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First of all, sorry for the lengthy body of the question. A little background: I'm a musician, and an active thinker. In my career there's a seemingly inevitable bifurcation: the path of academic music or the path of popular music. The former is profoundly rigorous (although in some senses flexible... modernism is responsible here), and has a solid theory. The latter is more flexible and relies more on hearing and musical practice.

The problem is: the paths are more or less opposites. This pattern is common to every form of art, with pretty much the same categories. I've noticed similar patterns in non-artistic areas too, such as low- vs high-level programming, fundamental vs axiomatic mathematics, fundamental vs applied physics, traditional vs western medicine...

All of these pairs have something in common: one of them accepts a system of methodology and founds a vast practice on them, taking some cultural or contextual transformations along the way. The other one is constantly doubting its own premises and proposing new methods and practices (which, being fair, many times are more inefficient than their pragmatic counterparts) based on theories and profound knowledge of the field.

I see a connection to Kenneth's "complexity paradox", with "the more we know, the more questions we have." But the more questions we have, the less we dive into practical or pragmatic methods. It seems to me that the more we rely on the theory, the less we train on useful practice. Also, the more we practice, the less we are interested in theoretic approaches, adopting some kind of "shut up and do it" mindset. Within each field, we have those two opposite approaches.

So, finally, the question:

Is this paradoxical behaviour inherent to human gnoseologic understanding? Is there any philosopher who attempted to study this problem? Is it possible to adopt an epistemological mindset that allows these biases to be avoided?

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    According to Kant, all we can do is keep at the discipline of our reasoning when navigating between horns of antinomies; there's no magic failsafe that, once activated, puts an end to the "danger." I.e. recognize that there's a dilemma, watch the waters so neither Scylla nor Charybdis devour you, and go from there; and then keep going, as new monsters rise from the depths. Commented Oct 9, 2023 at 17:23
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    @KristianBerry do you rememeber which of Kant's works you are citing here? Commented Oct 9, 2023 at 18:36
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    Yes, the place where he says that transcendental illusions never go away, and then, "The Discipline of Pure Reason". Commented Oct 9, 2023 at 18:40
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    Human perceived countably enumerable regularities though in huge amount and very applicable to the far yonda may very well be an illusion as hinted by the perennial philosophy from the East to the West, no metaphysical or scientific theory so far proves complexity is not an inherent feature of the immanent nature or the transcendent Platonic realm if it exists... Commented Oct 9, 2023 at 19:08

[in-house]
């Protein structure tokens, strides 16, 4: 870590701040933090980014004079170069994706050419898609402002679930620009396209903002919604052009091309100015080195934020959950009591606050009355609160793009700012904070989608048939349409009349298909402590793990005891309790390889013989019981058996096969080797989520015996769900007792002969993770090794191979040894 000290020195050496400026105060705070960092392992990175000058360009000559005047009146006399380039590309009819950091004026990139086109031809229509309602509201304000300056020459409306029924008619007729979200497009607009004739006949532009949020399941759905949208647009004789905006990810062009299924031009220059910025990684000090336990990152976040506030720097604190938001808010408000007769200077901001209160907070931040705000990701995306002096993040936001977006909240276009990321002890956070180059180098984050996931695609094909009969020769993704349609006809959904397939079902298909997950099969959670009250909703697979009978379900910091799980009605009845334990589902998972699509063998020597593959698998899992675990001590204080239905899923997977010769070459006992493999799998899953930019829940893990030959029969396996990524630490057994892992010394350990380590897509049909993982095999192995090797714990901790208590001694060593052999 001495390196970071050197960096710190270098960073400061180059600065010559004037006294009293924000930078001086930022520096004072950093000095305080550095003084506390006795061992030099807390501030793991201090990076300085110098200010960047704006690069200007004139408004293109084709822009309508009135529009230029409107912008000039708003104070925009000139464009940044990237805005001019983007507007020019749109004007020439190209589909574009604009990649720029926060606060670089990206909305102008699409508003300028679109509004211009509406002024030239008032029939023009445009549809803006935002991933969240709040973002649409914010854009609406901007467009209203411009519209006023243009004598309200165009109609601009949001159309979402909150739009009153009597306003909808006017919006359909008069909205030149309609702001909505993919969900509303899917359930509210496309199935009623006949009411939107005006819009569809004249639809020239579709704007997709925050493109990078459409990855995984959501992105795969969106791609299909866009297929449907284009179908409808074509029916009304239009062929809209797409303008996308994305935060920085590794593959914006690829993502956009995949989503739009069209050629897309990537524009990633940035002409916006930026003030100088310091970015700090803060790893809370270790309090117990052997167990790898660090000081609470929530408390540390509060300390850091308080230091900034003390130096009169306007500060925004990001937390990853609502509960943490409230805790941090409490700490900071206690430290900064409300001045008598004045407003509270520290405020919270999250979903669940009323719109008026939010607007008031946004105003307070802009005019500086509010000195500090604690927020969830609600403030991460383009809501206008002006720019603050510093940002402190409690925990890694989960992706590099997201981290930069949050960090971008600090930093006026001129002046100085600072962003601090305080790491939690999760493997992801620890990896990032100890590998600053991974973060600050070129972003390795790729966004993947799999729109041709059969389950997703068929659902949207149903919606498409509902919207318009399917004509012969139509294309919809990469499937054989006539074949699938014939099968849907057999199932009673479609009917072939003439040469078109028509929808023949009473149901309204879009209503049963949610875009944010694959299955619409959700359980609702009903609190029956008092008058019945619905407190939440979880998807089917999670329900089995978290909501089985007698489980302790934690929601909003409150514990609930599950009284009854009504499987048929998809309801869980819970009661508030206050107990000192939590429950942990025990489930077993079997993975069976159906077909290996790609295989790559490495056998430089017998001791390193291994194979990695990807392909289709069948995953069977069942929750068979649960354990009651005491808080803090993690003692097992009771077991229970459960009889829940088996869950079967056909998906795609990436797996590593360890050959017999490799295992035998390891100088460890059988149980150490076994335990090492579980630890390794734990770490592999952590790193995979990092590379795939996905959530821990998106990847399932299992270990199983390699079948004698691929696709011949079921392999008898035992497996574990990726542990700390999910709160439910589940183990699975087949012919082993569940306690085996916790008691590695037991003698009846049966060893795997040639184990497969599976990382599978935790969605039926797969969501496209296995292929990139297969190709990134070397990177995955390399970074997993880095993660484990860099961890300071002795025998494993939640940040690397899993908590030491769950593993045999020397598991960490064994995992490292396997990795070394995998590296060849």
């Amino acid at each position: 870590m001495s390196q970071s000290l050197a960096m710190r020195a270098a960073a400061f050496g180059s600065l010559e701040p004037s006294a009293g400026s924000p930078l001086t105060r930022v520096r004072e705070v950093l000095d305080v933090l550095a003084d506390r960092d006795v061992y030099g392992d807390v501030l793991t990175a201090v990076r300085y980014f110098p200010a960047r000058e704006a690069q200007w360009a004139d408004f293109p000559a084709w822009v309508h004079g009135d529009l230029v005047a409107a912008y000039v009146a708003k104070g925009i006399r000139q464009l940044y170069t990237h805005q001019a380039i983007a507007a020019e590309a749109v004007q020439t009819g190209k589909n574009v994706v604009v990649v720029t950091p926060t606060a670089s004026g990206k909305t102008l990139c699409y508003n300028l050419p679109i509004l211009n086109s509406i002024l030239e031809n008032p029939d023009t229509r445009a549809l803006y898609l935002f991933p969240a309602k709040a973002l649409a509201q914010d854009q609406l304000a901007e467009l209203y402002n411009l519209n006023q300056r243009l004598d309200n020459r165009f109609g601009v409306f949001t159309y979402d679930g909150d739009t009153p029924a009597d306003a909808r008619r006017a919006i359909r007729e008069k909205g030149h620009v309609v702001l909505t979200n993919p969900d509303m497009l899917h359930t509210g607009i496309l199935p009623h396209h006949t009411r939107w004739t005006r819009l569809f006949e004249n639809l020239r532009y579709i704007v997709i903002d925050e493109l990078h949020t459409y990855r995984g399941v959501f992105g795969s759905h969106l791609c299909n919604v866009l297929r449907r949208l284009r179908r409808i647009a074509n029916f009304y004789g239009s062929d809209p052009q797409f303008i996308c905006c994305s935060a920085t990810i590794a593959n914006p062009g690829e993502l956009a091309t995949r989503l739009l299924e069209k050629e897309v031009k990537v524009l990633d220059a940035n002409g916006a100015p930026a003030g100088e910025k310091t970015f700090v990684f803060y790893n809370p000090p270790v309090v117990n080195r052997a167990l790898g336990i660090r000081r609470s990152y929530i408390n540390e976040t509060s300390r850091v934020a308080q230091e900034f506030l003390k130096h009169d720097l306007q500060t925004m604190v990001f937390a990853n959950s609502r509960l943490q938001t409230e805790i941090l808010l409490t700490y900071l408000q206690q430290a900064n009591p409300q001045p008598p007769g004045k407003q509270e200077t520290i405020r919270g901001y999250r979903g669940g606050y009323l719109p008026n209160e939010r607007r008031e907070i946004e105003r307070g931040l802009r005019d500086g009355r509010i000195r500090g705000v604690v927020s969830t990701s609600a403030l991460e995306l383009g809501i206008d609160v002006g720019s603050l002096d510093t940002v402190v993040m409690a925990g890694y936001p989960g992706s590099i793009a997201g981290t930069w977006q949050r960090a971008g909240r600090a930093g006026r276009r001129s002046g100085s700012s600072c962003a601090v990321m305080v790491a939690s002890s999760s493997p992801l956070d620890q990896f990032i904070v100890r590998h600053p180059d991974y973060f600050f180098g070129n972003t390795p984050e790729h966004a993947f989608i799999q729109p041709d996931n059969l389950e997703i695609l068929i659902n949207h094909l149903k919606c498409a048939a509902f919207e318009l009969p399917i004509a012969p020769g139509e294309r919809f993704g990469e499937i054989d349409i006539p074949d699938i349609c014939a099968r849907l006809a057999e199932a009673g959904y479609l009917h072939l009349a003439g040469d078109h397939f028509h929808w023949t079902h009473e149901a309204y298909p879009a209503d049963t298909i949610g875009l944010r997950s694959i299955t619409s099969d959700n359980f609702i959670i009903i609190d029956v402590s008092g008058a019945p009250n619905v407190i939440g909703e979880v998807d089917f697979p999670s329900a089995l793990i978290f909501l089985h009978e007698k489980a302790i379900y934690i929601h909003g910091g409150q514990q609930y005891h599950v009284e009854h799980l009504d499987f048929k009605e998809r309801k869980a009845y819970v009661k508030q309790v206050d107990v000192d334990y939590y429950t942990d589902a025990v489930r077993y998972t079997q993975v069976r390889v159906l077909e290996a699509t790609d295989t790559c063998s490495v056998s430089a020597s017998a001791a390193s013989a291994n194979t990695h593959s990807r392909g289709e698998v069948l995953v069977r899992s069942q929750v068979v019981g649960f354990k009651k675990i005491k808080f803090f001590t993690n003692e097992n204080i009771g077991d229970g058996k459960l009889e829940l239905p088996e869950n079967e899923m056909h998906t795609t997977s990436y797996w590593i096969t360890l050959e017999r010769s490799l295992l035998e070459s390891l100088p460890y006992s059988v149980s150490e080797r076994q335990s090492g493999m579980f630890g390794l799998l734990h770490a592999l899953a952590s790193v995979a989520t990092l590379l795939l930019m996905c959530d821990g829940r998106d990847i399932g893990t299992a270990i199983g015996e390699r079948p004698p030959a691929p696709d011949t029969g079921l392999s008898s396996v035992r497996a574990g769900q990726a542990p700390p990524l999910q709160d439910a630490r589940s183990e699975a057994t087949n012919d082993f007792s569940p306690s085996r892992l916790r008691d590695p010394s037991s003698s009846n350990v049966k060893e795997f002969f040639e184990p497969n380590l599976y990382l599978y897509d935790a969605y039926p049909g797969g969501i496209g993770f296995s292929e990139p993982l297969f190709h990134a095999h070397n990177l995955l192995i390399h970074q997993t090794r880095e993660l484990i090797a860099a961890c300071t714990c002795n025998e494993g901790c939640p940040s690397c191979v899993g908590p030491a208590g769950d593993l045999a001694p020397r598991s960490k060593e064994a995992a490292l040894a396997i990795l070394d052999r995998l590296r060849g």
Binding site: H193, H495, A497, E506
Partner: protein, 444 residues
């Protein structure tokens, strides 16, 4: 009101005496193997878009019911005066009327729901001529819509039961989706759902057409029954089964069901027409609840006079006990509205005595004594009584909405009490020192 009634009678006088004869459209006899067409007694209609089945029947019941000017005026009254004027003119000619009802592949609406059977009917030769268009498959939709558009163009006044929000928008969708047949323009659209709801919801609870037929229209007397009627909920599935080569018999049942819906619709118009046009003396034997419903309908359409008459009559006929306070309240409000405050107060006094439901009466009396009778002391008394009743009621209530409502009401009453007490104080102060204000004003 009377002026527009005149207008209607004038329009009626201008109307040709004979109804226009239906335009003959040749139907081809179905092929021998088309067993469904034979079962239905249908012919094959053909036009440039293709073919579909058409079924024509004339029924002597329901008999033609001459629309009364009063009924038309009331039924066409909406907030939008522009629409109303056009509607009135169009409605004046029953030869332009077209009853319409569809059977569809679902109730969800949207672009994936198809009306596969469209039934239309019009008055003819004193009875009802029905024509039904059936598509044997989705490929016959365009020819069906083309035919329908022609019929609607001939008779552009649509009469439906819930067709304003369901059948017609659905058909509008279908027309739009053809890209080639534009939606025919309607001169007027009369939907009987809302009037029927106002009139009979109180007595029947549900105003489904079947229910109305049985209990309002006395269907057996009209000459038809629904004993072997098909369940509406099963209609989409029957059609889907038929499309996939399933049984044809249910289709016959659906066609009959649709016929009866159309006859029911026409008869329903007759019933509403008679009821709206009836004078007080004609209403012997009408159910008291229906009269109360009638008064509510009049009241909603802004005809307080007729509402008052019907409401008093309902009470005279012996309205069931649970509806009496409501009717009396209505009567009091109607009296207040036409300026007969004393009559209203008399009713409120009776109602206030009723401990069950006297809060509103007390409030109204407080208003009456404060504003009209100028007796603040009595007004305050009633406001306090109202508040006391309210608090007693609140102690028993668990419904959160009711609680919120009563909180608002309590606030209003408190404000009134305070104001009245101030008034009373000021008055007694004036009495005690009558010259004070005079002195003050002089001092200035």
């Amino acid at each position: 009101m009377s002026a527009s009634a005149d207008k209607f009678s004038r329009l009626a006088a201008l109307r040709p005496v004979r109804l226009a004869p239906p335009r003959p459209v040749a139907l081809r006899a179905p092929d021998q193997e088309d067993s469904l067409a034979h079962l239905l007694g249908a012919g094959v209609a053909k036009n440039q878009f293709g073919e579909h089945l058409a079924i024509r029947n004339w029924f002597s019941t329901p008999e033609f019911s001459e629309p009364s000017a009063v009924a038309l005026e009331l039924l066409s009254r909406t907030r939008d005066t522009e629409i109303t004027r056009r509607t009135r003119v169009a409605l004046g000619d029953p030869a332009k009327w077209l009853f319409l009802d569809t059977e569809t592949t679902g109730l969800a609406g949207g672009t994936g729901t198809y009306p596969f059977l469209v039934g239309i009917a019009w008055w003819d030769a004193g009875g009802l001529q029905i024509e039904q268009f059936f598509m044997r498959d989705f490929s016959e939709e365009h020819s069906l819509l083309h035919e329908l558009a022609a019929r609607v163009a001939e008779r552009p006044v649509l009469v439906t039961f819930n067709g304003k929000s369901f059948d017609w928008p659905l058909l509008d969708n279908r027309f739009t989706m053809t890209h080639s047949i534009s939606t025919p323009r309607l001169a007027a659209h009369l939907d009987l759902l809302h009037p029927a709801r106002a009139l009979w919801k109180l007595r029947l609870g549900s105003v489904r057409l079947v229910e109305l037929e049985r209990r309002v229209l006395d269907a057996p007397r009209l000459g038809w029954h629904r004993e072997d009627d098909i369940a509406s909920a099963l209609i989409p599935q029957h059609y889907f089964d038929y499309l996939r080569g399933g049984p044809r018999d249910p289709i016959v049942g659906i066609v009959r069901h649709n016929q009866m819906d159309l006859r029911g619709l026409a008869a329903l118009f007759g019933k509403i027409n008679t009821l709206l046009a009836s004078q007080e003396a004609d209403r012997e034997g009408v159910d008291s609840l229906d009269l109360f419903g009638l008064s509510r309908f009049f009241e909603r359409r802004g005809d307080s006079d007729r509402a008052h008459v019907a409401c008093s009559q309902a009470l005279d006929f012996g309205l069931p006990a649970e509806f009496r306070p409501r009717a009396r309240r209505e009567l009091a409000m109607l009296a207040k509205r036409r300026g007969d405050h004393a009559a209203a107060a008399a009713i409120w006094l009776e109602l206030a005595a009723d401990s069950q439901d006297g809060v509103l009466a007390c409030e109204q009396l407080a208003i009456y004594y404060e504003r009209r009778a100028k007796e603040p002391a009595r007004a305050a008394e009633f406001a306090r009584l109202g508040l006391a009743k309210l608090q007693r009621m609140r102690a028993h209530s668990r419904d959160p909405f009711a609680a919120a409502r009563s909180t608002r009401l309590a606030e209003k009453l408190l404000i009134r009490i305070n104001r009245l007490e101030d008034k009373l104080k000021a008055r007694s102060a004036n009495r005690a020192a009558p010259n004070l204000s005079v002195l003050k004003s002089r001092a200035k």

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    "In theory, there is no difference between theory and practice. In practice, there is." - Yogi Berra
    – Scott Rowe
    Commented Oct 9, 2023 at 22:16

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I suspect a wide range of factors lead to the outcome you have described, including social, economic and psychological. In most areas of human intellectual activity- such as music, literature, physics, architecture medicine, manufacturing- there are people who focus on questioning and developing the underlying ideas and people who implement or exploit those ideas. In literature, there are academics who analyse literary forms and authors who make money from writing books. In medicine there are people engaged in medical research and others who care for patients. In physics there are people who are concerned with developing the foundations and others engaged in the practical applications of well-established principles. Are those splits paradoxical in some way? It seems reasonably self-evident, to me at least, that they are in part the result of the breadth and complexity of the subject matter, but only in part. Human activity is organised according to other considerations too, including efficiency, the desire to make money, and established organisational structures. Take the electronics industry. There are people engaged in fundamental research in condensed matter physics and people who put talking silicon chips in greeting cards. Why are those activities segregated in the way they are? I would say it is the result of market forces operating in the context of the way in which our establishments are structured, rather than being an essentially gnoseological effect.

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